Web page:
What can a systematic documentation and analysis of secondwave feminist print culture, 1970-1990, reveal about the materiality of its strategies?
I intend to argue that the relationship between the feminist publisher and its readers is reciprocal, in other words: a grouping of readers becomes a (counter-)public that allows the text to take on the role of an active participant. I wish to produce a comprehensive documentation of primary feminist theory, published by women, that would have been widely known and circulated in between feminist bookstores, publishers and their corresponding (counter-)publics, much of which is in danger of being lost and forgotten. It is my goal to create an original digital database, which will not only include a comprehensive list of feminist theory that was published by women, but also centre each text’s print history, reading public and distribution records. Such a database would be an original model of how archives can engage with (feminist) theory as living, traceable ideas that are not static, but rather emerge out of a dynamic material consciousness.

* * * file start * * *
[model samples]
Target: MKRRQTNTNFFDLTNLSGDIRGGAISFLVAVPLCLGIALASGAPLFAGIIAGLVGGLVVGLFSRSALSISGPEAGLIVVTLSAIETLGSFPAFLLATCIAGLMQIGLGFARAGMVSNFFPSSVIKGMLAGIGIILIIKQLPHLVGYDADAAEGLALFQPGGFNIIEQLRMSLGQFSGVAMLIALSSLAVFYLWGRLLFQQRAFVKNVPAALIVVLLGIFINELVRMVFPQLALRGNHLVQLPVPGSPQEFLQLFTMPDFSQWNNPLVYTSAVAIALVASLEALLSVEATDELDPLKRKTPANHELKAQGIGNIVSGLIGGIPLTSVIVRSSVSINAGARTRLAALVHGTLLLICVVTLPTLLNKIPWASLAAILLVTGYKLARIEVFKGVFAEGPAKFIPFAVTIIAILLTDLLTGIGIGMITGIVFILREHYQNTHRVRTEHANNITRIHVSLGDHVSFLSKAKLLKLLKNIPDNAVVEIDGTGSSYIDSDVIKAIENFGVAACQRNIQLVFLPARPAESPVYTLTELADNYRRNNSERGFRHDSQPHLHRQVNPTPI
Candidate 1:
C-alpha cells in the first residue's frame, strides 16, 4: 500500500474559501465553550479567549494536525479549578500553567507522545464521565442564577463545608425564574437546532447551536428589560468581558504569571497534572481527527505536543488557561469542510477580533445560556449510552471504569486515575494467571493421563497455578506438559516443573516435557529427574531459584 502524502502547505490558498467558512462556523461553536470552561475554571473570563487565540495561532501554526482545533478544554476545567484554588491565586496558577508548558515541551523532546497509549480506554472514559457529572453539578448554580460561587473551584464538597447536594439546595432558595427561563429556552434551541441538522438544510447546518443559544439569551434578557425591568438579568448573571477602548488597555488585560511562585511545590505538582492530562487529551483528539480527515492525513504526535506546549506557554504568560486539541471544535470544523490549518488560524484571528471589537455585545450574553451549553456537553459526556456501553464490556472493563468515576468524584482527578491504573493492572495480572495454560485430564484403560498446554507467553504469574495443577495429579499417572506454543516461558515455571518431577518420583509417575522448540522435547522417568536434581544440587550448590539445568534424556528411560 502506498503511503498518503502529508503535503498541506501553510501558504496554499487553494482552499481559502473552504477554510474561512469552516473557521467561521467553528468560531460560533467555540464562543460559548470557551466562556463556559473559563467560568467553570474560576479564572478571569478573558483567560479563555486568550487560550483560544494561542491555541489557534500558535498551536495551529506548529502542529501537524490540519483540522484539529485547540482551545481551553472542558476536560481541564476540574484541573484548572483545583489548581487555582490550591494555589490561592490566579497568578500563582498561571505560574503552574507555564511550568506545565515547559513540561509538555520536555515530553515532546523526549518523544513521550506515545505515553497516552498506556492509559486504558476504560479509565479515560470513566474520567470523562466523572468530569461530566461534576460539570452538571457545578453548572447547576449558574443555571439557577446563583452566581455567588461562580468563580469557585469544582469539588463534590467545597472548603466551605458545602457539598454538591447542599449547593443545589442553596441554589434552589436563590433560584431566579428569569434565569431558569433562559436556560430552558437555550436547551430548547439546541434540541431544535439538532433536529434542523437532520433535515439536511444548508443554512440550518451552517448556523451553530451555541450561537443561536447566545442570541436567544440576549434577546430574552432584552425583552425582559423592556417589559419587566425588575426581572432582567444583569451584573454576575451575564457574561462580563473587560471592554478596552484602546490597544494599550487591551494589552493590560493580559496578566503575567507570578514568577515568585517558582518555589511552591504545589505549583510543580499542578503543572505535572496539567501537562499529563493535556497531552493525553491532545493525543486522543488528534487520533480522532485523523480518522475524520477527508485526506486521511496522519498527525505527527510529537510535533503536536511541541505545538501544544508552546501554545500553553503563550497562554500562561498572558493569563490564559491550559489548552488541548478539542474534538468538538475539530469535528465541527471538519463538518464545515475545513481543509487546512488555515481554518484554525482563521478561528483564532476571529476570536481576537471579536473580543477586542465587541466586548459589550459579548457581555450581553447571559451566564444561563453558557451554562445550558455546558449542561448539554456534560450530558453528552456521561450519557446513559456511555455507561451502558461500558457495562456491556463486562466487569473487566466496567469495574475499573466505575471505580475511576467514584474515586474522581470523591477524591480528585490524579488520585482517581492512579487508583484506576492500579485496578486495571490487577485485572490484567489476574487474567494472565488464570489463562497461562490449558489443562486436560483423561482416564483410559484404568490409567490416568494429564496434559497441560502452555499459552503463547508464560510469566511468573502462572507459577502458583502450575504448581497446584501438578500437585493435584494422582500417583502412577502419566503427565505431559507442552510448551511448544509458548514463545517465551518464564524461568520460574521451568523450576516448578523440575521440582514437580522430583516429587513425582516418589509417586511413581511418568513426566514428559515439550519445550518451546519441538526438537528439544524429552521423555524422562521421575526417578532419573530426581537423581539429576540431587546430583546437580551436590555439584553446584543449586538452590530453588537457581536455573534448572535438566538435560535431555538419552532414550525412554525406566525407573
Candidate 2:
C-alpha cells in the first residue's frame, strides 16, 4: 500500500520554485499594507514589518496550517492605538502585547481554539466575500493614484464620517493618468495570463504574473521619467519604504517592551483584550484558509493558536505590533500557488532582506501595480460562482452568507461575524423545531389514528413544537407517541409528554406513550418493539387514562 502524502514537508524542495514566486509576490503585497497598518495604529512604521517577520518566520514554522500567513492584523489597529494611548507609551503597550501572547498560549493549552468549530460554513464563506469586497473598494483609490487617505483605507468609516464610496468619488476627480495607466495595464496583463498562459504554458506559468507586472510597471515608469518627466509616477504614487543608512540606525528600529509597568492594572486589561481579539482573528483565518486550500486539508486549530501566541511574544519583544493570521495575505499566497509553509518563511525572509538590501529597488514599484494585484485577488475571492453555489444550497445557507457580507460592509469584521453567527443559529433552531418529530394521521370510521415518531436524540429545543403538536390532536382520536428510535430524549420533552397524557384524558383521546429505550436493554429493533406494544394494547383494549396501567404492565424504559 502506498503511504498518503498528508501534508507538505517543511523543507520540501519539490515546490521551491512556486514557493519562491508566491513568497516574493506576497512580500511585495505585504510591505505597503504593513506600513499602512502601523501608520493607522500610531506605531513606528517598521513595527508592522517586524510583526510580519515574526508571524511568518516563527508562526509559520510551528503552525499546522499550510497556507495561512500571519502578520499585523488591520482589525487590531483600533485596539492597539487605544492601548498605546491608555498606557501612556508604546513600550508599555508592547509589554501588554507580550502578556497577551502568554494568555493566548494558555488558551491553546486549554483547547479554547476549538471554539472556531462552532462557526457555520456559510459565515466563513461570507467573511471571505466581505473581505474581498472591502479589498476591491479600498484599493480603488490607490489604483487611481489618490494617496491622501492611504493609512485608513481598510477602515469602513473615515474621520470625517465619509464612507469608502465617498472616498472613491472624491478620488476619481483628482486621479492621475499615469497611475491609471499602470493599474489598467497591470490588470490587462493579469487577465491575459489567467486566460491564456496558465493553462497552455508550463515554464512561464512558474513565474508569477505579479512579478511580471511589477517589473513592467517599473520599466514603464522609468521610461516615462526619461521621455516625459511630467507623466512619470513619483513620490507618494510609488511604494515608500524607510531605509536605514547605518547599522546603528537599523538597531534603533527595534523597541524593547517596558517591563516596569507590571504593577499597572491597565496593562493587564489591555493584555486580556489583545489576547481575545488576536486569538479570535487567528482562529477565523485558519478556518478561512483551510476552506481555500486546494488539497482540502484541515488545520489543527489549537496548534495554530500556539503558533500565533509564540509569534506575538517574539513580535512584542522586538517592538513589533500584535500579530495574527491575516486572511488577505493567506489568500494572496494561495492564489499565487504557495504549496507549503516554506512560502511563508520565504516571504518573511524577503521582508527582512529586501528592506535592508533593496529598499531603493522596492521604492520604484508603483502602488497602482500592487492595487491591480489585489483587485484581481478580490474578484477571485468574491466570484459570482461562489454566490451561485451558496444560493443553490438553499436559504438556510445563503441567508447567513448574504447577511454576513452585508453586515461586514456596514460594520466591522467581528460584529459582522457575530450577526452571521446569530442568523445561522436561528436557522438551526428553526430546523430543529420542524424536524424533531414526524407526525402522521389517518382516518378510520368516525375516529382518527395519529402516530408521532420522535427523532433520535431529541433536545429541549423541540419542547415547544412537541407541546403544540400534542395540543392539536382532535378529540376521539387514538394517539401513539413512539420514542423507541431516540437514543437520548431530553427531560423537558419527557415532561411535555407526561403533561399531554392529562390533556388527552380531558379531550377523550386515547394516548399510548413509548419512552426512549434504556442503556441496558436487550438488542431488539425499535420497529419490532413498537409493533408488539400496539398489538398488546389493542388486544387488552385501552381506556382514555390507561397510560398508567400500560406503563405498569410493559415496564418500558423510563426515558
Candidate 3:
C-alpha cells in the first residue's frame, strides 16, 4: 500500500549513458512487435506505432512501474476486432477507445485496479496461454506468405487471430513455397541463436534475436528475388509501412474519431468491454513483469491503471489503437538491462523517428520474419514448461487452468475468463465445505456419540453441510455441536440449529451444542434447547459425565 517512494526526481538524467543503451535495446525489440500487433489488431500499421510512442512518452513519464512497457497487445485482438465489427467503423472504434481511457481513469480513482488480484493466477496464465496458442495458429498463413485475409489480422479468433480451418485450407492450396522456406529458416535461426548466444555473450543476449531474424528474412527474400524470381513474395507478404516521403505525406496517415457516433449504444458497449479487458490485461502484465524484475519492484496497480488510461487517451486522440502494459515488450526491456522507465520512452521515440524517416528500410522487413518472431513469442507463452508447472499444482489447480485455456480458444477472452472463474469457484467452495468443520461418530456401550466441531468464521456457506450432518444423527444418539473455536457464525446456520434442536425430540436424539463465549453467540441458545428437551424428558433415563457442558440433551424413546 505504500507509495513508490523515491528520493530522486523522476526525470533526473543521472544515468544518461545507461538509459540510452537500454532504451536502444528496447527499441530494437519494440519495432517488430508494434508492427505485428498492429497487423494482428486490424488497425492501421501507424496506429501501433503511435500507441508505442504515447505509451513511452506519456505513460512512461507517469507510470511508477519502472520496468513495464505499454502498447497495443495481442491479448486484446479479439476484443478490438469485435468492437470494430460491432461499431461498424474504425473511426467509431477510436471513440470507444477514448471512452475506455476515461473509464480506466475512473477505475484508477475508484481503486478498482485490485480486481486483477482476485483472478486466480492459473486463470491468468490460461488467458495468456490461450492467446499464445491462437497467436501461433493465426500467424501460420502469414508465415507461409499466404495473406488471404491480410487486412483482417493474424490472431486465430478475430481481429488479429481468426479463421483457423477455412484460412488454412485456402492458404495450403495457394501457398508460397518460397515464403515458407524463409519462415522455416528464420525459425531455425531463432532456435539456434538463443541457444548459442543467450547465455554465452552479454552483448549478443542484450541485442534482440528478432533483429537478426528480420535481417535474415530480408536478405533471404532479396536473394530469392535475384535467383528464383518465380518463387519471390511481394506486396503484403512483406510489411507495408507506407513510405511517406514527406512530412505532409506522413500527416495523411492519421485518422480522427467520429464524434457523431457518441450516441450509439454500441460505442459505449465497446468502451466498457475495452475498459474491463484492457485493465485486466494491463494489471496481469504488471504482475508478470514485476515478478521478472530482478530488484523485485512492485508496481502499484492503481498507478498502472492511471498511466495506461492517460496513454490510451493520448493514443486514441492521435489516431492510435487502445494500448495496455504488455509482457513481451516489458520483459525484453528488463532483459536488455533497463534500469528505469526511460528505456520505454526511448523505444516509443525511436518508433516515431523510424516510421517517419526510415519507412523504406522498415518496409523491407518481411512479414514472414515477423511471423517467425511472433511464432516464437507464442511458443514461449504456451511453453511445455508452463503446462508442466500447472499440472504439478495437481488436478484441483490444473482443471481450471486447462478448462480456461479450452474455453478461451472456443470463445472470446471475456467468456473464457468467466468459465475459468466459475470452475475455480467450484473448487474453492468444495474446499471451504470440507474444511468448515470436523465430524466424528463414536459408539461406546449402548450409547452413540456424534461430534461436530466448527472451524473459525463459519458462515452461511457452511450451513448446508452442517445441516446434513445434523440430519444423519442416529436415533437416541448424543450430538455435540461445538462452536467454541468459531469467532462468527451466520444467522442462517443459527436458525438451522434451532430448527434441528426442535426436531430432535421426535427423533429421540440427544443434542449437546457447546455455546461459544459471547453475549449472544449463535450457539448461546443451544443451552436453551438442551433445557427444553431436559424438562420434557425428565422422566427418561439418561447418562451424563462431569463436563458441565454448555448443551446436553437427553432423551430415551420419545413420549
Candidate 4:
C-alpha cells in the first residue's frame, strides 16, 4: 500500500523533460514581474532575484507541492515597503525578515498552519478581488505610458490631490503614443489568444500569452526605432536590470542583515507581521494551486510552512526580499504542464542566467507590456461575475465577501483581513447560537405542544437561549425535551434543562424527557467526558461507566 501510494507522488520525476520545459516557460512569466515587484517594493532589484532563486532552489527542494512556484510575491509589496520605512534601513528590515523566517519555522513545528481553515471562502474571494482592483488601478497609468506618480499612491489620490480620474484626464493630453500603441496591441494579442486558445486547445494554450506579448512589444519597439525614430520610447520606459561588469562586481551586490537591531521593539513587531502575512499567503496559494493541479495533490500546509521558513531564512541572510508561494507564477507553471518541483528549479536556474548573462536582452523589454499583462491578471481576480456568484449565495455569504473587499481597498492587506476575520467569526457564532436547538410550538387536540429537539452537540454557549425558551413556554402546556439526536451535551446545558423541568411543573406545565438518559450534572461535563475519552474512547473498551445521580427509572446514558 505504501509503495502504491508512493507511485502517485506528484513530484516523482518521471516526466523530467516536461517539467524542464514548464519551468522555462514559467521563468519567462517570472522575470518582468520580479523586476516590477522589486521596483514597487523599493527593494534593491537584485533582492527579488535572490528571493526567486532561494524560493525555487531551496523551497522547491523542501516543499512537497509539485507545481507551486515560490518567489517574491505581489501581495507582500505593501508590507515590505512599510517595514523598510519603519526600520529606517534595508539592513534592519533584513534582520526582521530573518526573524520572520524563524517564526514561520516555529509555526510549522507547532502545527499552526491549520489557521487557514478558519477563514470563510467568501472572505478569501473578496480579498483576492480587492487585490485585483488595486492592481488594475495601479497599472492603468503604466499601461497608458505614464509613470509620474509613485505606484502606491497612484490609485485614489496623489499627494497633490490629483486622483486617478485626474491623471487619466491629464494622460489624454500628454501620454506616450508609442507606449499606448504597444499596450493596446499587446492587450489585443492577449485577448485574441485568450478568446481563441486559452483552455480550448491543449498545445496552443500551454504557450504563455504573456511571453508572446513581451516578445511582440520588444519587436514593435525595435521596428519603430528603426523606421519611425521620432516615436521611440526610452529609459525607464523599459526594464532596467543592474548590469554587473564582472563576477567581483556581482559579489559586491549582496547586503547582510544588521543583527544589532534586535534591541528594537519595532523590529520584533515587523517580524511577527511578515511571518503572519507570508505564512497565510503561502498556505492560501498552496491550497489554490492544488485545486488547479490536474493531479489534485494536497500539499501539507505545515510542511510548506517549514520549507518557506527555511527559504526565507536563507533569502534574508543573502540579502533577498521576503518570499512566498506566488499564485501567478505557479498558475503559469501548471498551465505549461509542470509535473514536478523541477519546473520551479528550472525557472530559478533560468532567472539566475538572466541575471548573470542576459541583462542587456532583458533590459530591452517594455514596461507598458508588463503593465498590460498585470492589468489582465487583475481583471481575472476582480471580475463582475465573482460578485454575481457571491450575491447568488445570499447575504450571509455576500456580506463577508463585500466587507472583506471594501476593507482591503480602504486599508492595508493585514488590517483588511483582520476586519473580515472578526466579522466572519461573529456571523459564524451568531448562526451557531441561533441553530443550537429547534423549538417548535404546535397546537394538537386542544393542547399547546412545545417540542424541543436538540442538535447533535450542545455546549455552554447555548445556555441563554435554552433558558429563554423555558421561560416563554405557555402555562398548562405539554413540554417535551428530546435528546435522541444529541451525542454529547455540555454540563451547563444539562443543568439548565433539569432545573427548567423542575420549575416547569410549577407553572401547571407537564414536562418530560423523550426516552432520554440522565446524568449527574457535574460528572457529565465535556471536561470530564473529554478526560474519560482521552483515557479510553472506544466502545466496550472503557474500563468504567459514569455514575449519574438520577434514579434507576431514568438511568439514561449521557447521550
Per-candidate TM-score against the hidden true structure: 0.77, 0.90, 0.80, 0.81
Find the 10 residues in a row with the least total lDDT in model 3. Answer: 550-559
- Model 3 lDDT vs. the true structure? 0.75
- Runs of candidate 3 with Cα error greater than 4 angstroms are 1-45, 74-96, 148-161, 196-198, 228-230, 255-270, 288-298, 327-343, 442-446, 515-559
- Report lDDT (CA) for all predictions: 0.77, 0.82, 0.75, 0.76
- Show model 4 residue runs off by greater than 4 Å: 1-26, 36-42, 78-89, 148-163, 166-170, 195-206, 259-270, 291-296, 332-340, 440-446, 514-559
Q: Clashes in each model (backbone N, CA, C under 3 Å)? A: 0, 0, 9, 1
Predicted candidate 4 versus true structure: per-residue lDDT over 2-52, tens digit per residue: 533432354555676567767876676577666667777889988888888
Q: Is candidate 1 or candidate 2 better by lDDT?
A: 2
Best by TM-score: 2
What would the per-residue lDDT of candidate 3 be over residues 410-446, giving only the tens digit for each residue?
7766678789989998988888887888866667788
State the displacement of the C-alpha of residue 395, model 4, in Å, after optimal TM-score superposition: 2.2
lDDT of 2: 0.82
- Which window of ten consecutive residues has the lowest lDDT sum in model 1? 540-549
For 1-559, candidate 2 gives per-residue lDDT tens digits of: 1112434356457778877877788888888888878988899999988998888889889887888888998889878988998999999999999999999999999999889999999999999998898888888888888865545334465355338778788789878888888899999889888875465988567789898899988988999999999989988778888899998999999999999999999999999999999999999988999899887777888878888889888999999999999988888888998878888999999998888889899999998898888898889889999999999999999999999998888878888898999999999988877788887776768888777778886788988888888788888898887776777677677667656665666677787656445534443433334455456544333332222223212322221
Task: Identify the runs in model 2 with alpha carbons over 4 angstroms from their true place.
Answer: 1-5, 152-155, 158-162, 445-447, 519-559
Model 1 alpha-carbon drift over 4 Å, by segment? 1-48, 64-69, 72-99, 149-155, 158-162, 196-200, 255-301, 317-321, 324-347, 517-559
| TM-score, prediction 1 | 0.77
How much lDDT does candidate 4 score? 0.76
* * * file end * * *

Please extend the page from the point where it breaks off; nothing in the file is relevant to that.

You can follow my day-to-day archival research on Instagram @frauenkultur